Background: Physician-rating websites combine public reporting with social networking and offer an attractive means by which users can provide feedback on their physician and obtain information about other patients’ satisfaction and experiences. However, research on how users evaluate information on these portals is still scarce and only little knowledge is available about the potential influence of physician reviews on a patient’s choice.
Objective: Starting from the perspective of prospective patients, this paper sets out to explore how certain characteristics of physician reviews affect the evaluation of the review and users’ attitudes toward the rated physician. We propose a model that relates review style and review number to constructs of review acceptance and check it with a Web-based experiment.
Methods: We employed a randomized 2x2 between-subject, factorial experiment manipulating the style of a physician review (factual vs emotional) and the number of reviews for a certain physician (low vs high) to test our hypotheses. A total of 168 participants were presented with a Web-based questionnaire containing a short description of a dentist search scenario and the manipulated reviews for a fictitious dental physician. To investigate the proposed hypotheses, we carried out moderated regression analyses and a moderated mediation analysis using the PROCESS macro 2.11 for SPSS version 22.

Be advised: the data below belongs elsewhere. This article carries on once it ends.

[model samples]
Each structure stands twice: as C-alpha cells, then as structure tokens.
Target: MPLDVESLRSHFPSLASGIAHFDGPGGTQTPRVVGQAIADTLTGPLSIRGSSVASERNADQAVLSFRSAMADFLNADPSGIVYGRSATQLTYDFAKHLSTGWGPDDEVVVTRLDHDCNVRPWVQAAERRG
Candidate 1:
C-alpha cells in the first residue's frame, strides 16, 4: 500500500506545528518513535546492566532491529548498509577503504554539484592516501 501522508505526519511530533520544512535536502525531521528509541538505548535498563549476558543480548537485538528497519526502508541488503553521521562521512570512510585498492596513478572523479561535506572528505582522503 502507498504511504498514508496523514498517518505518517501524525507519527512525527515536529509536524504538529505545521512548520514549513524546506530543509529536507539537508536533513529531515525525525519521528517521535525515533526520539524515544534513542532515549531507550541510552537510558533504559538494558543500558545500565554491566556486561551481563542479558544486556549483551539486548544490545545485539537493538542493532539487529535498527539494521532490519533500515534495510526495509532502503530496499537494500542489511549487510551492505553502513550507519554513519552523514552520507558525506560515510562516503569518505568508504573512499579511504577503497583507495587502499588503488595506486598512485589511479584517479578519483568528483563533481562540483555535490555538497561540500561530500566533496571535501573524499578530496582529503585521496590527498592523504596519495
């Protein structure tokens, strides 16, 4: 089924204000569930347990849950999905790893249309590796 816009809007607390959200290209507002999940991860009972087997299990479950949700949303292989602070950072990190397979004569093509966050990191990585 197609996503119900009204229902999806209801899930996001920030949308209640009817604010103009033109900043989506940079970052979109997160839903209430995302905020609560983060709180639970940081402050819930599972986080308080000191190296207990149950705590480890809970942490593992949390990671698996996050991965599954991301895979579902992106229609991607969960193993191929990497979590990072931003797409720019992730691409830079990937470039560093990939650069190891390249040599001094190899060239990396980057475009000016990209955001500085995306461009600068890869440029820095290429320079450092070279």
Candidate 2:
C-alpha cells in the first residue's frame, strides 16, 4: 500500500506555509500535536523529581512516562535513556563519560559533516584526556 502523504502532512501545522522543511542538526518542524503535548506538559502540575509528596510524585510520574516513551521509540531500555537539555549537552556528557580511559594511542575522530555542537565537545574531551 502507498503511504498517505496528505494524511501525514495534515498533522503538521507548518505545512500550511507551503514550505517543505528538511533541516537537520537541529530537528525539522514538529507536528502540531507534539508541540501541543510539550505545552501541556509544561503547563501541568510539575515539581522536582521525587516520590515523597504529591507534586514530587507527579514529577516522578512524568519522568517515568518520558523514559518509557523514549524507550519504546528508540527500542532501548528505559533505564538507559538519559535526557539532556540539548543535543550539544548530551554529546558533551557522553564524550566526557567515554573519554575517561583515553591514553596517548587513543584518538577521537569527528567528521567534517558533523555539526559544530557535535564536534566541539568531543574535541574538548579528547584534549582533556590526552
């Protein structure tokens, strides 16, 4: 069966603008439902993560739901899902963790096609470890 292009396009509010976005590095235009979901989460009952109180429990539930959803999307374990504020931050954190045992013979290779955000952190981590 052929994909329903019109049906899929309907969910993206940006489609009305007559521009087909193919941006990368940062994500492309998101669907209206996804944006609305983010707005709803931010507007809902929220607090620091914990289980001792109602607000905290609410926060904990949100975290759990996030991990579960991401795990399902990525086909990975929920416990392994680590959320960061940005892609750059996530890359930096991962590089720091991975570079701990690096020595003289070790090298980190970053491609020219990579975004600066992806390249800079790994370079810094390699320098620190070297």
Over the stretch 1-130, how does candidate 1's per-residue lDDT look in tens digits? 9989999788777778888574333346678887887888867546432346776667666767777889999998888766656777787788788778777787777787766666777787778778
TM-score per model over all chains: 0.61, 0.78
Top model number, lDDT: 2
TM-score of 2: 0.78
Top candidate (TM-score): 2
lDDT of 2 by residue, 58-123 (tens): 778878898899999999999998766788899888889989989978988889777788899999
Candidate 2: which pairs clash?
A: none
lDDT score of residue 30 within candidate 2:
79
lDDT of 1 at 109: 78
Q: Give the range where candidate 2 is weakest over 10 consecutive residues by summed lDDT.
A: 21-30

Results: Our analyses indicated that a higher number of reviews resulted in a more positive attitude toward the rated physician. The results of the regression model for attitude toward the physician suggest a positive main effect of the number of reviews (mean [low] 3.73, standard error [SE] 0.13, mean [high] 4.15, SE 0.13). We also observed an interaction effect with the style of the review—if the physician received only a few reviews, fact-oriented reviews (mean 4.09, SE 0.19) induced a more favorable attitude toward the physician compared to emotional reviews (mean 3.44, SE 0.19), but there was no such effect when the physician received many reviews. Furthermore, we found that review style also affected the perceived expertise of the reviewer. Fact-oriented reviews (mean 3.90, SE 0.13) lead to a higher perception of reviewer expertise compared to emotional reviews (mean 3.19, SE 0.13). However, this did not transfer to the attitude toward the physician. A similar effect of review style and number on the perceived credibility of the review was observed. While no differences between emotional and factual style were found if the physician received many reviews, a low number of reviews received lead to a significant difference in the perceived credibility, indicating that emotional reviews were rated less positively (mean 3.52, SE 0.18) compared to fact-oriented reviews (mean 4.15, SE 0.17). Our analyses also showed that perceived credibility of the review fully mediated the observed interaction effect on attitude toward the physician.